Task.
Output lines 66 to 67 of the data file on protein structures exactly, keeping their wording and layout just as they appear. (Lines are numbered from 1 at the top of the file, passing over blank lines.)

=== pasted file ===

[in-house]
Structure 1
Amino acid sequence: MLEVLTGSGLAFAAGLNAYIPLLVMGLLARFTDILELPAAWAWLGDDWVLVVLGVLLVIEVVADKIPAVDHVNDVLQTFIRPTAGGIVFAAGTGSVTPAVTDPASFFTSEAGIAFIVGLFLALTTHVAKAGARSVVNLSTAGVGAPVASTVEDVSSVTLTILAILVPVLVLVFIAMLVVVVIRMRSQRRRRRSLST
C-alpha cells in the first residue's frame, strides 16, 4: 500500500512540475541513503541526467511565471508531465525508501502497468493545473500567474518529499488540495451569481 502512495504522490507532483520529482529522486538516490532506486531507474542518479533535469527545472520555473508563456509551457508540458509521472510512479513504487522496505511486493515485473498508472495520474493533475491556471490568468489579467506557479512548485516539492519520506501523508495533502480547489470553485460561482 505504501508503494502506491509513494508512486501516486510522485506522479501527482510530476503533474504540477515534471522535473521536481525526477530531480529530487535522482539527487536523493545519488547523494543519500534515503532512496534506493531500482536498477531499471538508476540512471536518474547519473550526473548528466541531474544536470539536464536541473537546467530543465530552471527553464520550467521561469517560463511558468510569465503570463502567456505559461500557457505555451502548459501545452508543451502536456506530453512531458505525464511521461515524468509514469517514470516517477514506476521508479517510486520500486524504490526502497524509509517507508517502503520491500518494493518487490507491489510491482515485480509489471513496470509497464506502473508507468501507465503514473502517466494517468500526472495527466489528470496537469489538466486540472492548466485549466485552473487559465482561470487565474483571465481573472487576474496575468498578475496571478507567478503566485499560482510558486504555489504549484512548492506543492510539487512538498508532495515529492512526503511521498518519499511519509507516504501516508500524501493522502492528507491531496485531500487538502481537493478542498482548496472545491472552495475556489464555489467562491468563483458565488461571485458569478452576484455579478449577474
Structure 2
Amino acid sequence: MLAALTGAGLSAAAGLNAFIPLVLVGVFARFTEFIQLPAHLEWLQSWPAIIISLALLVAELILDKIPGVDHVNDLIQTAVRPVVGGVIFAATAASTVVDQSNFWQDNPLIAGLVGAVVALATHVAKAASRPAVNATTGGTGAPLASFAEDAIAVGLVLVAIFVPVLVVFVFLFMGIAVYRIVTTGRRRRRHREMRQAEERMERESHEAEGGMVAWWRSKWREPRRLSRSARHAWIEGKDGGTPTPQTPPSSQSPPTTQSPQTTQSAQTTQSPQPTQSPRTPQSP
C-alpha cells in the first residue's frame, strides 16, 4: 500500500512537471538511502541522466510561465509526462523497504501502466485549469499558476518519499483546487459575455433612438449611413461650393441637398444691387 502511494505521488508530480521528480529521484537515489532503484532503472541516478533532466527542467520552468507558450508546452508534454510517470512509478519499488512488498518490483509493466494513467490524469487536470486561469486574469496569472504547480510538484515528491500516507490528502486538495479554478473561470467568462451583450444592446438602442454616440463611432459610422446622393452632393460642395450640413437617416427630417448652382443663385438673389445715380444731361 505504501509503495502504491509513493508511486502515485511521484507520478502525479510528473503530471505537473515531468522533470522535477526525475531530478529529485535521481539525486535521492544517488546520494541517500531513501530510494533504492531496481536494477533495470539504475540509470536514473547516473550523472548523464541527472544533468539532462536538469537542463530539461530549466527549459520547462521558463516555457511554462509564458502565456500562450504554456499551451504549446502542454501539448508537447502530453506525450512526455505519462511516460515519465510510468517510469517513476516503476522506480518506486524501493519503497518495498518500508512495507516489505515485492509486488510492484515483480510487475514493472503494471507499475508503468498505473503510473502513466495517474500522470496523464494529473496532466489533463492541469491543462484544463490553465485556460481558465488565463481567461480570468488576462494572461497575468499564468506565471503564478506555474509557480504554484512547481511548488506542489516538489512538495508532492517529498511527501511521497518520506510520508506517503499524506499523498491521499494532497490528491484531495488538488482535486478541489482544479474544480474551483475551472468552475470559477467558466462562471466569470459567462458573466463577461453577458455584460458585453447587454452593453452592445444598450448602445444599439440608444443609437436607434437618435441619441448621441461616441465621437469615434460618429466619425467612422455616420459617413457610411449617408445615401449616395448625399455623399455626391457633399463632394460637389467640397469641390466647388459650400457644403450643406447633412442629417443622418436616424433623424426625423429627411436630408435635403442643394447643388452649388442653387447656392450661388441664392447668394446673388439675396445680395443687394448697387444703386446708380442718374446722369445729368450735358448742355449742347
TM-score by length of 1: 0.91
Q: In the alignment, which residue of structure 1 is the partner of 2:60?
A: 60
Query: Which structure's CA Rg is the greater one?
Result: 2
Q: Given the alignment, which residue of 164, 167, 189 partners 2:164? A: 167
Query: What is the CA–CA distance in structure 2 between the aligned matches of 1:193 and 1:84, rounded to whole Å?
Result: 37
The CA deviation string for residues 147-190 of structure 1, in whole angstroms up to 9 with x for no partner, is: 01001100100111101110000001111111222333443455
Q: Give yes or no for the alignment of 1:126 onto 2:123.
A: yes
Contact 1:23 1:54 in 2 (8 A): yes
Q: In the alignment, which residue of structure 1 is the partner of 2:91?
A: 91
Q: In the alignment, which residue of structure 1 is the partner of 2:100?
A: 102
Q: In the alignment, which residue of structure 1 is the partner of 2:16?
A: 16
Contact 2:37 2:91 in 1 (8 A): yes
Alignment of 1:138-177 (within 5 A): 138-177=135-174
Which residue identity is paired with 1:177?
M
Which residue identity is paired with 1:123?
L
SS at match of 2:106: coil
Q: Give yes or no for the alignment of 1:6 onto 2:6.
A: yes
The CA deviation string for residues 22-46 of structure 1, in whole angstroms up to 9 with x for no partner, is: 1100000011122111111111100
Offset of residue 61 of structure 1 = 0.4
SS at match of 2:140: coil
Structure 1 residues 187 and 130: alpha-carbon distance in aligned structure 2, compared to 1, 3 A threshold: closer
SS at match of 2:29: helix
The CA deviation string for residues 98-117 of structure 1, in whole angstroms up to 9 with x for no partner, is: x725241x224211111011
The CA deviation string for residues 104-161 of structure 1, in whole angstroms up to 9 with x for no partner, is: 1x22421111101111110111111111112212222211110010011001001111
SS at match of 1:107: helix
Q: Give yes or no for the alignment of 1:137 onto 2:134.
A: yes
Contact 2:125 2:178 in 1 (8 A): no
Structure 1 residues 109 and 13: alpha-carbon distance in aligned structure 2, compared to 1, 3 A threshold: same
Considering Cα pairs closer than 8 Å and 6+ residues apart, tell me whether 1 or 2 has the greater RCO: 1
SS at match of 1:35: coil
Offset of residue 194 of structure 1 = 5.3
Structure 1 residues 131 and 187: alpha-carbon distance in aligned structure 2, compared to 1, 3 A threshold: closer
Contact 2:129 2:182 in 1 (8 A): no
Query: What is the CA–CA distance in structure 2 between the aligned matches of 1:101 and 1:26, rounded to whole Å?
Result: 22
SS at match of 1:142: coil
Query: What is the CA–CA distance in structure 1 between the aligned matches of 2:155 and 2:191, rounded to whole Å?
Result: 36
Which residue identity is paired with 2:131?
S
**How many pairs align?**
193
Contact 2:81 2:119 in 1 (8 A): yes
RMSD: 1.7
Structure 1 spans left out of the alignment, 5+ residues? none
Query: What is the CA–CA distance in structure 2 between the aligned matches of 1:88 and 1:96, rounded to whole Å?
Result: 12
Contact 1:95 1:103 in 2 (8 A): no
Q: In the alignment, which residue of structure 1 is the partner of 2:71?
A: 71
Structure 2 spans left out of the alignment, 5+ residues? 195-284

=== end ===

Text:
Contact 1:95 1:103 in 2 (8 A): no
Q: In the alignment, which residue of structure 1 is the partner of 2:71?